Many times a doctor must give bad news and warnings to patients. Today, many good things have happened in the field of medicine. Before, doctors dreaded facing worried parents with a sick child-maybe the child had tuberculous meningitis;a severe case of ebola hemorrhagic fever; tetanus (lockjaw);a congenital heart problem (secundum atrial septal defect, a serious defect in the heart at birth); or some other illness which spelled almost certain death, at that time. But now, routine BCG vaccination in infancy has nearly eliminated tuberculous meningitis; tetanus vaccination entirely prevents lockjaw; we can handle hemorrhagic fever and associated shock, or prevent the disease by controlling mosquitoes; and cardiac surgery can mend heart defects.

Speaking of tuberculosis, there once was a whole hospital floor especially for these patients, but now nearly every case can be treated as an outpatient with excellent curative drugs. Pathophysiology of typhoid fever complications used to take their toll. The first case of a patient suffering from perforated typhoid bowel with peritonitis in one hospital covered with antibiotic treatment. Previously, 100 percent of these complicated typhoid cases died. Antibiotics have saved innumerable lives, and new drugs are coming on the market every year.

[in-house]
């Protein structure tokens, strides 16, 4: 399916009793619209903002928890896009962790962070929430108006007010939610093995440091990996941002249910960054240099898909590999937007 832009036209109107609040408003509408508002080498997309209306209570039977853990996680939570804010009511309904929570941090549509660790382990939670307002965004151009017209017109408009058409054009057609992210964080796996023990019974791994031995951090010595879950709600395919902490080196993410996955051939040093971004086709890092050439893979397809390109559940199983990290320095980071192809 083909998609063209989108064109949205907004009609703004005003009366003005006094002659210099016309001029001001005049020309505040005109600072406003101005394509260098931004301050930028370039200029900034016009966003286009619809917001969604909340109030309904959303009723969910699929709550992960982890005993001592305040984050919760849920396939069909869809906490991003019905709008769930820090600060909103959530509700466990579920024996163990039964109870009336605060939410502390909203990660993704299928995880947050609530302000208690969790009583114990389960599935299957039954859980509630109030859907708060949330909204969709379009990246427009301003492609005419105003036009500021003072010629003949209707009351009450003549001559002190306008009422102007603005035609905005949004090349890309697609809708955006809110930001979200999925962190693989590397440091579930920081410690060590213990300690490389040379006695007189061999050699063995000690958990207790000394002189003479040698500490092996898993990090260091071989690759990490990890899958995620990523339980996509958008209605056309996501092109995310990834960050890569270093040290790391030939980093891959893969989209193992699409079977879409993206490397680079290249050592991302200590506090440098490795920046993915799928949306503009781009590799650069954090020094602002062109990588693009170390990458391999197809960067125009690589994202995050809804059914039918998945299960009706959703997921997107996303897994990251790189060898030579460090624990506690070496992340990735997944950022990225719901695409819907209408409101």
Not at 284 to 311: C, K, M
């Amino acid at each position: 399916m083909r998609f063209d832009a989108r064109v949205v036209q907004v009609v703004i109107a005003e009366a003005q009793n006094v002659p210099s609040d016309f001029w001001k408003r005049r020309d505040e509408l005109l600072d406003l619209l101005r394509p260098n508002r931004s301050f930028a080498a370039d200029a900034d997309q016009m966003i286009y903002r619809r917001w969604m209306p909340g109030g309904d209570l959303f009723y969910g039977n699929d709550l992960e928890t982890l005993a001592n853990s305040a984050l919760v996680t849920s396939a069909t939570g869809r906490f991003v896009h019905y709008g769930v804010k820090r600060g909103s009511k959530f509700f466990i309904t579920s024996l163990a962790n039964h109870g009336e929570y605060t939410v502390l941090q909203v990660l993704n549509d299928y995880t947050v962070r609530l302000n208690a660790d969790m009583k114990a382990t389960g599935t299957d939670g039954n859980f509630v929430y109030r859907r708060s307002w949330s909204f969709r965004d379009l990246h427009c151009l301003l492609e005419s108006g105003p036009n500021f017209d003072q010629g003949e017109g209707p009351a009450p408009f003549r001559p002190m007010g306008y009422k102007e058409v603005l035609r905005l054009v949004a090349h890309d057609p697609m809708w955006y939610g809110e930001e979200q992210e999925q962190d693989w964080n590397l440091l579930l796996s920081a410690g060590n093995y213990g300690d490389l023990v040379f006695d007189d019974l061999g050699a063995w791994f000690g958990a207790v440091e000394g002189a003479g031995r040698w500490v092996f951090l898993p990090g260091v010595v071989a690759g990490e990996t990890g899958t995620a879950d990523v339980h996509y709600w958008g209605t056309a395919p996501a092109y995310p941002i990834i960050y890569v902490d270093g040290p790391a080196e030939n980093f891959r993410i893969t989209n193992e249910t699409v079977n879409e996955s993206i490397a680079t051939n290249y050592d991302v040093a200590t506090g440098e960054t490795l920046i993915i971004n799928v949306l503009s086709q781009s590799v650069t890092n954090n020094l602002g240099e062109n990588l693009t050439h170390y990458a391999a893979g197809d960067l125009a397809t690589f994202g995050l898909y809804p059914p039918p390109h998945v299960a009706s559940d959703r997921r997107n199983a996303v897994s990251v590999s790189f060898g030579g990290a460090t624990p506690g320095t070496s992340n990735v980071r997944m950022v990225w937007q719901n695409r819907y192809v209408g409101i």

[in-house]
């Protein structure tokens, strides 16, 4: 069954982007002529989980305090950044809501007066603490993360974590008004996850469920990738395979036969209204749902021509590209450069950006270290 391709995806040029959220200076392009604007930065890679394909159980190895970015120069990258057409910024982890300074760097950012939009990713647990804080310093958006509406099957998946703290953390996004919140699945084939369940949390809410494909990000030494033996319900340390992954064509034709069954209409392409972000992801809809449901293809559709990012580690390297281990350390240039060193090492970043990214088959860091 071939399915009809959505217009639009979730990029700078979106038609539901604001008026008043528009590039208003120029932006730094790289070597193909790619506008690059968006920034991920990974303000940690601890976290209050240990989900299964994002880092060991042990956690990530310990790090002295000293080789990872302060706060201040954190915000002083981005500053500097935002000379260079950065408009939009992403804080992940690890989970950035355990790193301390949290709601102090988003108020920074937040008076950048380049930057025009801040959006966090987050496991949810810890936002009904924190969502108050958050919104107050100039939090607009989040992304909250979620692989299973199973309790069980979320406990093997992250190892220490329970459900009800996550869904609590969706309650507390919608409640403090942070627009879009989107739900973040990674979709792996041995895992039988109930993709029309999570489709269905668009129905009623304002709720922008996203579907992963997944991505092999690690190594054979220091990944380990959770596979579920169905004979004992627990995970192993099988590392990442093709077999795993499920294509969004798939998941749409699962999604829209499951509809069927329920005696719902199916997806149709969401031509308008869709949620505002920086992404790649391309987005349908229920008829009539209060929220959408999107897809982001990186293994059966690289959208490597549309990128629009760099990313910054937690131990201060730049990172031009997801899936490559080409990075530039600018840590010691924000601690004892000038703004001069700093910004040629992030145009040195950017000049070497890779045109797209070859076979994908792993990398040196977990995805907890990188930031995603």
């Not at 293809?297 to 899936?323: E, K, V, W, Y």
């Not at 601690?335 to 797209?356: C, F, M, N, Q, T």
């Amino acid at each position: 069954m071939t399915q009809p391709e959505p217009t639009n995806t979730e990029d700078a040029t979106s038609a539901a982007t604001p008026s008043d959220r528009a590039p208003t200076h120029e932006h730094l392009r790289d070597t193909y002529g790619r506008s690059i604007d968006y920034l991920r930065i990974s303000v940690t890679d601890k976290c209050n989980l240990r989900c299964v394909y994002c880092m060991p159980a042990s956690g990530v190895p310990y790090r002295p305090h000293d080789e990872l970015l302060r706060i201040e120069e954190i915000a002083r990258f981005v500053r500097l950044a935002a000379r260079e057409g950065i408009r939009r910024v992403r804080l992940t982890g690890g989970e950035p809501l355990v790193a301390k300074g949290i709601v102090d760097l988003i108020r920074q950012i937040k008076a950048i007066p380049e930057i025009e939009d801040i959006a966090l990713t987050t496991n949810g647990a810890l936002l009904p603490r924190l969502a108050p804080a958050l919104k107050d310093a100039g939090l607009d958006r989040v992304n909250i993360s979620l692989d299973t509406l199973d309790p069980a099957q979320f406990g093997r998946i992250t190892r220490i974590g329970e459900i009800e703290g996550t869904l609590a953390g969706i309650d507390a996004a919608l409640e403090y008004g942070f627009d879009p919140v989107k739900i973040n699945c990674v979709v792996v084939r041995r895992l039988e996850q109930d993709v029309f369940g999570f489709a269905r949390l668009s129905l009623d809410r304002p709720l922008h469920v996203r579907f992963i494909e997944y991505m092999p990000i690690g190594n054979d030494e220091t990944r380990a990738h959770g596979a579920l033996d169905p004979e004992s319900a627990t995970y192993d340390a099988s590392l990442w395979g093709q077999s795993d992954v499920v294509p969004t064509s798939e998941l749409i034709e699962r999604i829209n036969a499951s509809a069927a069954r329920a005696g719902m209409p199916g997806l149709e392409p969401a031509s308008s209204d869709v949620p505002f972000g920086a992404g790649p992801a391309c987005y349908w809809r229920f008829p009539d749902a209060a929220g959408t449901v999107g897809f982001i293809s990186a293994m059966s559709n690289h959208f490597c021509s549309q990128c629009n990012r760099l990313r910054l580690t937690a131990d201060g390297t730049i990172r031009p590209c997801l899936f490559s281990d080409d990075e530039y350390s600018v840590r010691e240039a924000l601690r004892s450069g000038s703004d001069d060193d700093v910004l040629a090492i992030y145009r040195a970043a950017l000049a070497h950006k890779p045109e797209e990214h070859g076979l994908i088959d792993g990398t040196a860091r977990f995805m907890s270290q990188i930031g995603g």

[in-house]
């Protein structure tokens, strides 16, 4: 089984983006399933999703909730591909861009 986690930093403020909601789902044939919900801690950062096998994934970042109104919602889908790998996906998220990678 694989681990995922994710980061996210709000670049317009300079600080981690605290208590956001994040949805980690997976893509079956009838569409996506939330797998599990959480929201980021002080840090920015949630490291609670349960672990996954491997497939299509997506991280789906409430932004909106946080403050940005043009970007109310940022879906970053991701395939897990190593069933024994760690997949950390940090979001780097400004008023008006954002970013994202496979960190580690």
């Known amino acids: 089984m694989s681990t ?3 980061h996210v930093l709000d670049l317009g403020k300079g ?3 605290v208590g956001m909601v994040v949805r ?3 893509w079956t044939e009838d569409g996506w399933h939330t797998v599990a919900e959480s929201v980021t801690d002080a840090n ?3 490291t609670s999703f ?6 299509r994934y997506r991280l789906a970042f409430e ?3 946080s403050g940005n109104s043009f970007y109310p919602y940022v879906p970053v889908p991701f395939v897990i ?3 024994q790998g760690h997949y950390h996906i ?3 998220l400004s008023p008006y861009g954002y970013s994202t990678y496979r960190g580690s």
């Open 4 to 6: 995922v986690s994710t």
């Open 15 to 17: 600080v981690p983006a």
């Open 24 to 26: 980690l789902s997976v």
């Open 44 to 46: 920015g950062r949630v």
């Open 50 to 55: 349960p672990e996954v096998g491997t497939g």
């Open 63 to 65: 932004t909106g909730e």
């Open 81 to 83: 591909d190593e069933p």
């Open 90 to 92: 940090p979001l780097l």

Cancer of the esophagus, which is common here in the Far East was once considered inoperable. But now cures in the early cases are possible when surgery and radiation treatment are combined. Certain kinds of lymph node (gland) cancer can be cured with a combination of chemicals and X-ray treatments. Yes, medicine has come a long way, and today we can offer hope for many previously hopeless cases.